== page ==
Gaspar Noe's Enter the Void is a hallucinogenic, alternately dreamy and nightmarish trip trough various states of consciousness, some of them drug induced, others unleashed by the free-association of the subconcious. Oscar (Nathaniel Brown) lives in Tokyo and is turning from drug user to dealer. The extra money enables him to reunite with his sister, whom he has mostly been separated from since childhood when their parents died. As one of his drug trips spirals out of control, his mind — and the camera that seems to sit on his shoulder — takes off on a two-plus hour long journey. It's full of bright and lurid eye candy, from Tokyo's flashing lights to pulsating strip clubs to the love hotels the city is famous for. As Oscar seems to float above all the raw desire and desperation around him, the film repeatedly flashes back on his life and the strange events that have lead up to his reunion with sister Linda (Paz de la Huerta), who has become a stripper.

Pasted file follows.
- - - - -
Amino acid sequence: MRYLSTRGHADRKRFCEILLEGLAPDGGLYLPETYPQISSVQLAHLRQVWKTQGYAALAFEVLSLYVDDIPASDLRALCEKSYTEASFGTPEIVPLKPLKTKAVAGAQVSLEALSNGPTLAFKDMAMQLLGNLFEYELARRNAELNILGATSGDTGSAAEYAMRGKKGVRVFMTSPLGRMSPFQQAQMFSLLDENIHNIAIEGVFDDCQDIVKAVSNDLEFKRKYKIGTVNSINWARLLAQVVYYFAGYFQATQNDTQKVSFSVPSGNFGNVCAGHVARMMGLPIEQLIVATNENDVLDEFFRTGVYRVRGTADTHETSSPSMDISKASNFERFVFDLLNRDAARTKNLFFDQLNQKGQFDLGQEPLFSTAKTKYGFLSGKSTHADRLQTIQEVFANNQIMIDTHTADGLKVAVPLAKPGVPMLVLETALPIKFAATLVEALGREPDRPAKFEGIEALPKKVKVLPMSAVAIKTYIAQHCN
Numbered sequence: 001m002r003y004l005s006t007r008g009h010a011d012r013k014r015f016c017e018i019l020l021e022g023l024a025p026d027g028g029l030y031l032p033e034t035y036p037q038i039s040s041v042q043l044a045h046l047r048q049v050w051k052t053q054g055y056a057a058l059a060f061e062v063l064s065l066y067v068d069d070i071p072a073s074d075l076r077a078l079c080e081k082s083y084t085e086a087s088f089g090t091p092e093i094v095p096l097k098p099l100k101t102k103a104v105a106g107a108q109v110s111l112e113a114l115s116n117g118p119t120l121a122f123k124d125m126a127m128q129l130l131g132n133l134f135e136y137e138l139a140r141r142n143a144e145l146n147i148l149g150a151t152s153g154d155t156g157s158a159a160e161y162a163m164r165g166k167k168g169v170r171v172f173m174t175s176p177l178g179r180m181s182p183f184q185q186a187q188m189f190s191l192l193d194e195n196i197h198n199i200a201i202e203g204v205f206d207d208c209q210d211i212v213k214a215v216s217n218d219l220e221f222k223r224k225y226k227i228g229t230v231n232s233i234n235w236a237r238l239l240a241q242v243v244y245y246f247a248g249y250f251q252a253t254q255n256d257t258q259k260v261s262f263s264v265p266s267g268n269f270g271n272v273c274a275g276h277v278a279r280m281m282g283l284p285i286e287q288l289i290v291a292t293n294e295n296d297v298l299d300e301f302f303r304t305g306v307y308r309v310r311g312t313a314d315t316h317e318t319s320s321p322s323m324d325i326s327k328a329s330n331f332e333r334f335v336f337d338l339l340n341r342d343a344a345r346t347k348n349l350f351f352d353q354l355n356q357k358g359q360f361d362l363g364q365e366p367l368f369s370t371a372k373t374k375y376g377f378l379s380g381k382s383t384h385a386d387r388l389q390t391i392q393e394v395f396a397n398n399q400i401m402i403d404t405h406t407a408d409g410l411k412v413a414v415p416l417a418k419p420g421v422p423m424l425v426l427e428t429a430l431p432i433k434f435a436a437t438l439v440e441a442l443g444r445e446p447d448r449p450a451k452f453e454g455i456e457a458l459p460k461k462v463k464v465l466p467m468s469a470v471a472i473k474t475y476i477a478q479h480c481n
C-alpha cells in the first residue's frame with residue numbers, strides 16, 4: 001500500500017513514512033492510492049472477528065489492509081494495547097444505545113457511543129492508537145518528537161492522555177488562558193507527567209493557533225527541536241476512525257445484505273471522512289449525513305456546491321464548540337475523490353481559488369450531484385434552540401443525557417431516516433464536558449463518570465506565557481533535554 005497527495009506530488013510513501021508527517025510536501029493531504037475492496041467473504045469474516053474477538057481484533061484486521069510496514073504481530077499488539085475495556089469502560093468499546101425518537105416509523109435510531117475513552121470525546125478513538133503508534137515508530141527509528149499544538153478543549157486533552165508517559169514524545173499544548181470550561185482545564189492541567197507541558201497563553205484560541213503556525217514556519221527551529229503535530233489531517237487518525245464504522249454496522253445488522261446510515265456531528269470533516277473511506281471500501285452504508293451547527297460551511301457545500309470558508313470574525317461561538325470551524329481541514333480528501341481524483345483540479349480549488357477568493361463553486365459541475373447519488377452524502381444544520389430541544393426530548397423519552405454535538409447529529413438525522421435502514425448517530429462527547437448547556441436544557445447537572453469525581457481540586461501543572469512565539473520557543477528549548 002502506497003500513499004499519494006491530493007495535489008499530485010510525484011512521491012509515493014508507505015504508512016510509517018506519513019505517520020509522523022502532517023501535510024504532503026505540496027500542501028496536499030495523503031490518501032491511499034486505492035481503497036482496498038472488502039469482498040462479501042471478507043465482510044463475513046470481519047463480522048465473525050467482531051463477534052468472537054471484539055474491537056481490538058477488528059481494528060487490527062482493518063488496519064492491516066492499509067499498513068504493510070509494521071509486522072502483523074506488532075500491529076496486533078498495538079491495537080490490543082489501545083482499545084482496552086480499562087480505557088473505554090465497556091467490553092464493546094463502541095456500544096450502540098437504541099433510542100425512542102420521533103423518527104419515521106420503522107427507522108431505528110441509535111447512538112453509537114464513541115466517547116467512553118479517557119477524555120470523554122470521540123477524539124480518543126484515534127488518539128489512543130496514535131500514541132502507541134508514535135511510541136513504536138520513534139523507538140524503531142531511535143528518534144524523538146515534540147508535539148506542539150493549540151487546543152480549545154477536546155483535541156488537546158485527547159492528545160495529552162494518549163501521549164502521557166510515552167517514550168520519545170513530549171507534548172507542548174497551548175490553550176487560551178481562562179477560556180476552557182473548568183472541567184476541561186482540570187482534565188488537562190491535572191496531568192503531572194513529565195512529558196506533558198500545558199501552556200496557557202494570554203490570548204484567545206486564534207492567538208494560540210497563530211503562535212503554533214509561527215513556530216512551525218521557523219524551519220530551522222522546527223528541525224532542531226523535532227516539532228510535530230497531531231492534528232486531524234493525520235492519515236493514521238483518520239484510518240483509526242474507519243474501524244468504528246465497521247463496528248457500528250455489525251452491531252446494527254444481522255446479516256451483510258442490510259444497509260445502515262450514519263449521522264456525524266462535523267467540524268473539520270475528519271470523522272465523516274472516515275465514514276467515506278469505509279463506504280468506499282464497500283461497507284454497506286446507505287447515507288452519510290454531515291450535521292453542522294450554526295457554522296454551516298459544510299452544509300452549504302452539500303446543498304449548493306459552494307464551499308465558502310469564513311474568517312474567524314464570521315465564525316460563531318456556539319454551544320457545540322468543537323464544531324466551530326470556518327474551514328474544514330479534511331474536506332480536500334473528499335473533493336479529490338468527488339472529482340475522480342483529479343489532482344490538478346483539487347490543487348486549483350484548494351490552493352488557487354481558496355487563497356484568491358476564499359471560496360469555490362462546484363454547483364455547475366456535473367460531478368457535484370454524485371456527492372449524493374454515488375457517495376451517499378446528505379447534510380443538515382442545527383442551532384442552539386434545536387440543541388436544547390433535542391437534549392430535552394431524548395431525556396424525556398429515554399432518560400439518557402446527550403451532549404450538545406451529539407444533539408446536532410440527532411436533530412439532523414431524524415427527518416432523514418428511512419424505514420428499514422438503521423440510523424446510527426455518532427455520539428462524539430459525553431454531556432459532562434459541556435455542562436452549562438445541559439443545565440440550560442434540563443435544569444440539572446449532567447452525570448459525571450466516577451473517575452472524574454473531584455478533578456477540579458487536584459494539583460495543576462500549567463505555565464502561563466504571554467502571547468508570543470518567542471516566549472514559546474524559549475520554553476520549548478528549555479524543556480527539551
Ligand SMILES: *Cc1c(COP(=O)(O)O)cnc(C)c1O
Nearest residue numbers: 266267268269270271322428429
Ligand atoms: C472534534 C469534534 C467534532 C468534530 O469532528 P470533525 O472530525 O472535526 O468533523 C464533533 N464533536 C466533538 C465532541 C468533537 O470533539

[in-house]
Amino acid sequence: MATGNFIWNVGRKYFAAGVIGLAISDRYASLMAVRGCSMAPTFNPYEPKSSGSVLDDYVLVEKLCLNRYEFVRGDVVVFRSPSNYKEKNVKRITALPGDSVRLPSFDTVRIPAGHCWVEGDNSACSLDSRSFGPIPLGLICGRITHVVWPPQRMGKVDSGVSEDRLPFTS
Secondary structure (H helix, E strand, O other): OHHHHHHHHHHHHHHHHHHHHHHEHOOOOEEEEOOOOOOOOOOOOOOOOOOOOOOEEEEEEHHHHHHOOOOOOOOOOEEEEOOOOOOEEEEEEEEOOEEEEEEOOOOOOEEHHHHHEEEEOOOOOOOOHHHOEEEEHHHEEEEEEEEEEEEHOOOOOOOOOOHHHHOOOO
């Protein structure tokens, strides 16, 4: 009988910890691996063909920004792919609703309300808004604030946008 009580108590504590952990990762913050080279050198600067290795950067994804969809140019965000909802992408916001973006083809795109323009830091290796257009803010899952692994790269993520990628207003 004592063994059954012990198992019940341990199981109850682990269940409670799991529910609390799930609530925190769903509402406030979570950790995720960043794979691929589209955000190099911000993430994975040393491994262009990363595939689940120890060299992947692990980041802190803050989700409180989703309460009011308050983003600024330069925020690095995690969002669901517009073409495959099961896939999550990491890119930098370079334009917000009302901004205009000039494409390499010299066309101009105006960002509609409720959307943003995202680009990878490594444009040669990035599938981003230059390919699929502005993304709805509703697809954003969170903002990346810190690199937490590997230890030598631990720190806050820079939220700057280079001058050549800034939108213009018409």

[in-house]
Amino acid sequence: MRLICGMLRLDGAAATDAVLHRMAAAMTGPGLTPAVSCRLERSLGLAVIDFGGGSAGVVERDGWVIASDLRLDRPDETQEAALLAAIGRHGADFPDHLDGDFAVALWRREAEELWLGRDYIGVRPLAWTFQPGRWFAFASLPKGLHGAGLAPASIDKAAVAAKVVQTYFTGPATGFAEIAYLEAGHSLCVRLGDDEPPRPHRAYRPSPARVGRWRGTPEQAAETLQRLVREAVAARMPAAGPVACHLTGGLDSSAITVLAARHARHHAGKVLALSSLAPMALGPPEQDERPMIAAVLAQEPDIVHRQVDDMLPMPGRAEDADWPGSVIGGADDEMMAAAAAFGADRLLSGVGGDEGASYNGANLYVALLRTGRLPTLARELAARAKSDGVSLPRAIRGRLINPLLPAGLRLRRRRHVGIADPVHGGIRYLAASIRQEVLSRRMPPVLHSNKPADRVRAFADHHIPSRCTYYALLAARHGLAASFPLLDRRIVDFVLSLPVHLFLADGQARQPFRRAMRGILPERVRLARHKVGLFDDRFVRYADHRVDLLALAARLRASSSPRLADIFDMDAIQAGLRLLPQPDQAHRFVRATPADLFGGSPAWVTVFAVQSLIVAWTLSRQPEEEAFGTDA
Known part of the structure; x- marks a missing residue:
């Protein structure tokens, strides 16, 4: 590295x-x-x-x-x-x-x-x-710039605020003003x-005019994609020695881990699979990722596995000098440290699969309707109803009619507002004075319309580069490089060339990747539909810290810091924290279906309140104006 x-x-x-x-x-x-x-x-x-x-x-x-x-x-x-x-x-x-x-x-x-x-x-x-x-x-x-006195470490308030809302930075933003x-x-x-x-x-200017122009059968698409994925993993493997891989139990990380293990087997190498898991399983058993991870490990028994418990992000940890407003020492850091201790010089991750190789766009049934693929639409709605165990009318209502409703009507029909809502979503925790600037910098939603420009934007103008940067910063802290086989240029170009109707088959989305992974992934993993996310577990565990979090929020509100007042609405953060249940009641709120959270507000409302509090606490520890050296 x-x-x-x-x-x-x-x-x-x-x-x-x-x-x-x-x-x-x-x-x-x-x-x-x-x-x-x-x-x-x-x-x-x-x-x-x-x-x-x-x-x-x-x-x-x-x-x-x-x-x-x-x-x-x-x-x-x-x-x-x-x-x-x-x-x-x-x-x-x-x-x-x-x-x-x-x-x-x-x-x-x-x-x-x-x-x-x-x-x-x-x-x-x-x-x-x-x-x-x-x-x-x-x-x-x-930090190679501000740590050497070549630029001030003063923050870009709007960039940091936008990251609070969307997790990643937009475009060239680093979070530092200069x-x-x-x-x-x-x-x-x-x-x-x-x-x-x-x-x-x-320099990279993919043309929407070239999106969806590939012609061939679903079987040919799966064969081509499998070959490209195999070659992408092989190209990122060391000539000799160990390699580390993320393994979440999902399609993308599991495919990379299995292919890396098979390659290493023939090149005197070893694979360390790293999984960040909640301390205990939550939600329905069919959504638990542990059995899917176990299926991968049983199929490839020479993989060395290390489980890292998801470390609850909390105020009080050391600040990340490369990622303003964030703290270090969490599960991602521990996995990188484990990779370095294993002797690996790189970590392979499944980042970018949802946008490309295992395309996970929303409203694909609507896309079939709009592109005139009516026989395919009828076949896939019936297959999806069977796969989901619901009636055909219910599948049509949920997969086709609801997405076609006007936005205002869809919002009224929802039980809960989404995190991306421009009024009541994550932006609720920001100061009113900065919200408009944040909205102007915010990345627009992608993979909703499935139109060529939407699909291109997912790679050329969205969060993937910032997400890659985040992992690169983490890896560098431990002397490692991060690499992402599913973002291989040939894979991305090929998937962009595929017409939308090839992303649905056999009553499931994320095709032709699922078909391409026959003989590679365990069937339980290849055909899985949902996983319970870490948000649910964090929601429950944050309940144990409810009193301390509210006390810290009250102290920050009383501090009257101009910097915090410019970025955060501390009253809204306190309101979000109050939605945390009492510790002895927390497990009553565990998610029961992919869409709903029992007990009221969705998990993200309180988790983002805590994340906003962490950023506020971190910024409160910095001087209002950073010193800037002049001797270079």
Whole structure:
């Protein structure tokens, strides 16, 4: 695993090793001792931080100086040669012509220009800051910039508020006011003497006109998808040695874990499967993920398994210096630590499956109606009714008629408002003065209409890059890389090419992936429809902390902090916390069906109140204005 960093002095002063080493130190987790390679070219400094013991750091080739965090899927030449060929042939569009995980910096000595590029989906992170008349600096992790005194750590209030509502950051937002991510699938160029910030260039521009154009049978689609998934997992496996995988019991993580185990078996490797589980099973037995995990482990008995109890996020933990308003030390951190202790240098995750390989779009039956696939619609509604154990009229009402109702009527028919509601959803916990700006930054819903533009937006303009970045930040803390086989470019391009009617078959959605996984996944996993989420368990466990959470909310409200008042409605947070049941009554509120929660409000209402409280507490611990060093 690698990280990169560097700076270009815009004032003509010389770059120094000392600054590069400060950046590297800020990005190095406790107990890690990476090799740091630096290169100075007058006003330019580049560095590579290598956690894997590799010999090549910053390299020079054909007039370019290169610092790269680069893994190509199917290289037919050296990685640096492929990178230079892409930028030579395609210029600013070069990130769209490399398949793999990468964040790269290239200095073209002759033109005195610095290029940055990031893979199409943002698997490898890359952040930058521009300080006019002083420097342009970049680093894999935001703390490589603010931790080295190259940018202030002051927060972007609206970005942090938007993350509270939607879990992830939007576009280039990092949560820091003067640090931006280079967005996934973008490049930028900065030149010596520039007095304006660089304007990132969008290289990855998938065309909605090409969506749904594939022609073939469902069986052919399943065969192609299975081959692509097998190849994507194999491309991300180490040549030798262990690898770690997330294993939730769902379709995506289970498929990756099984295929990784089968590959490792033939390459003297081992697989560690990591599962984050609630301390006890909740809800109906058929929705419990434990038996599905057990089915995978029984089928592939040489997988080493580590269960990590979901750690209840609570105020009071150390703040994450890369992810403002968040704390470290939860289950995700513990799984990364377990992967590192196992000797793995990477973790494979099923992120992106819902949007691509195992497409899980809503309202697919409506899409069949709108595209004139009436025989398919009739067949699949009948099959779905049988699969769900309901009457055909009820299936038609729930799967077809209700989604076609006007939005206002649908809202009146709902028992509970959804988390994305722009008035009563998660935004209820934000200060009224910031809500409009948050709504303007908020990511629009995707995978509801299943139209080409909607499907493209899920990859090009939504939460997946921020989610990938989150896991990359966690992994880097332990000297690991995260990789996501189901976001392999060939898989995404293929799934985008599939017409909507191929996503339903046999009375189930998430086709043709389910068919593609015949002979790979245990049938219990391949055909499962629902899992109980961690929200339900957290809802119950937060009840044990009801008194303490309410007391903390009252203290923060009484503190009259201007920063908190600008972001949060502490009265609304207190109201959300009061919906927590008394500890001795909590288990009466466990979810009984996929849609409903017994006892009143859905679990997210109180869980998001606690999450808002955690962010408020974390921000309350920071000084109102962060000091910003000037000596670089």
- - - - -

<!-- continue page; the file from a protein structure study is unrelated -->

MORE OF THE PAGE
An Argentine born Frenchmen, Noe has often spun stories around horrible violence, like the rape and assault in Irreversible (2002). Enter the Void also has graphic moments, but it doesn't follow a narrative. The hallucinogenic stints are interwoven with the cascading memories and sentiments Oscar's psyche exhumes. Viewers adverse to stream of consciousness, drug films or psychedelia likely won't enjoy the trip. But this 2009 Cannes feature is an absorbing free fall into a nexus of desire, love, jealousy, rage and a range of constructive and destructive behaviors people resort to when trying to connect with one another or avoid feelings of emptiness and isolation. The film indulges in flashy and gaudy escapism and it doesn't sort much out, but it also doesn't hold back from wading into all the emotional complexity at stake. It opens at Chalmette Movies Friday.